Jaimie Kaffash is editor of Pulse. Follow him on Twitter @jkaffash or email him at editor@pulsetoday.co.uk

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Since the outbreak of this pandemic, Pulse has strived to support you, whether it be through our resources page, our ‘Clinical Crises’ series, holding policymakers to account with exclusives such as practices being supplied with faulty masks, or GPs being told to stop routine services in the hardest hit areas.

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Readers' comments (7)

  • ‘I remember former RCGP chair Professor Helen Stokes-Lampard saying: ‘If the light bulb in my practice needs changing, one of us just changes it,’ etc
    Hate to say it but HSL’s ‘lightbulb’ with regard to ‘appraisal’ didn’t seem to be enlightened from the start!

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  • Never gonna happen!

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  • Vinci Ho

    ‘’NHS England has said bureaucracy that was a ‘poor use of time’ should not be reinstated. Let’s hope its definition of ‘poor’ is similar to GPs’.’’

    Unfortunately, that is the bottom line held by NHSE that we could not breach . Perhaps , the political narrative had been shifted slightly as we demonstrated flexibility , agility , innovation and pragmatism in crisis management last 13 weeks . Our bottom line , though , was we did not trust NHSE at all . And it was the ‘perfect’ occasion for us to improvise with freedom while the regulatory bodies had to shut up inevitably.
    But you know , I know , sooner or later ( as both Ministries of Love have just resumed businesses) , the obsession and trepidation of ‘something would go wrong’ in a public service , namely NHS GP services , will be conjured up in the air once more .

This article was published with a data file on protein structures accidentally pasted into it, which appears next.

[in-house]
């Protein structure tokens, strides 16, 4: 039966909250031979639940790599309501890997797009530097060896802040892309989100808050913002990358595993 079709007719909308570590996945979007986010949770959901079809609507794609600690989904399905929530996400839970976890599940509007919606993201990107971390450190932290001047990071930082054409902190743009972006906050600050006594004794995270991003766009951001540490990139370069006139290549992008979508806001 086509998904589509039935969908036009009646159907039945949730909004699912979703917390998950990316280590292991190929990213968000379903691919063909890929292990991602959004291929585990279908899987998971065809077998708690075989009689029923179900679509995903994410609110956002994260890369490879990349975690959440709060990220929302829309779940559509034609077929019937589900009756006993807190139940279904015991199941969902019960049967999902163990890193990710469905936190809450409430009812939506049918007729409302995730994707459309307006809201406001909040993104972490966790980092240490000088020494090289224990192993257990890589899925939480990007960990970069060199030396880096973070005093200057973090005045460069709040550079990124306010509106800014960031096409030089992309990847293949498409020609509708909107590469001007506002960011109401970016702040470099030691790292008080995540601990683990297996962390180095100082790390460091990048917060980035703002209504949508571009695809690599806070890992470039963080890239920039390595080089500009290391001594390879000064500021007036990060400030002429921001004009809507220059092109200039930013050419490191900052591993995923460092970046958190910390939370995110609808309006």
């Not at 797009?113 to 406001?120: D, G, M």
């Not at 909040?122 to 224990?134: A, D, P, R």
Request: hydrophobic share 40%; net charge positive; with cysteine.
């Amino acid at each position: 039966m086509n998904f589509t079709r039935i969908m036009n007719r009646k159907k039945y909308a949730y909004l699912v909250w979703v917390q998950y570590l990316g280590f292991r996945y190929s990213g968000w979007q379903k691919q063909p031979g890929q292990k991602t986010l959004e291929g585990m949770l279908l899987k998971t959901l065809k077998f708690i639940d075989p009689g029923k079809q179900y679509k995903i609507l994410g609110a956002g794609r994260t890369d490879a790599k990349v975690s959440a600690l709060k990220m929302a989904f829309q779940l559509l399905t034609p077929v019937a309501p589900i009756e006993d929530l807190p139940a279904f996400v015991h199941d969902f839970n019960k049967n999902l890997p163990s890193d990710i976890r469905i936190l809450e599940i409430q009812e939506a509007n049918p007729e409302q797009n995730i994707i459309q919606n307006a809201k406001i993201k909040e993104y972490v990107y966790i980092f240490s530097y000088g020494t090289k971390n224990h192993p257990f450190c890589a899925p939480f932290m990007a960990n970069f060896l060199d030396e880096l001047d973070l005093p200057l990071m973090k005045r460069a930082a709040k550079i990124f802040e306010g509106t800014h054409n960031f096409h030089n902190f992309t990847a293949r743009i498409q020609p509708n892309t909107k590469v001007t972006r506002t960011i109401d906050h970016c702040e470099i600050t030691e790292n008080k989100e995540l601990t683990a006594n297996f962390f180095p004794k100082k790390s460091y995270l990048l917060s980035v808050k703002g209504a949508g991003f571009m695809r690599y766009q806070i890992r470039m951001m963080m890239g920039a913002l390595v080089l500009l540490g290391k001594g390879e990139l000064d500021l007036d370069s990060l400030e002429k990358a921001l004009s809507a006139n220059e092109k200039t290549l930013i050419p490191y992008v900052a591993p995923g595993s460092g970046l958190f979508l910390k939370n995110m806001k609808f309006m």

May be , just may be , our presumably influential ‘bigwig’ colleagues have just waken up to the reality of the true nature of our enemies in the system . Bureaucracy and technocracy are the two words they must relearn in their dictionaries.
    Early signs from the latest NICE recommendations on new obesity and cancer QOFs ( supported by some ‘top’ colleagues) are not promising at all .
    As I always say , the old die hard habits are hard to rid ........

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  • The mindset is: remove yourself from this perpetual involvement with 'patient care'. It is an unfounded, archaic and disrespected philosophy.

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  • yep - mind set on leaving the NHS even sooner than planned.

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  • I am no lefty, but The new normal in primary care is probably up to us to define: the best (and probably only) time to work to rule / set limits/ limit engagement. Will we ever press our advantage? Now or never, before all the bits in the air have actually landed!

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  • radical would replacing Pretty Crap News (PCNs). any case they are only temporary stage on the way to big budget Integrated Care Systems. More jobs for managers!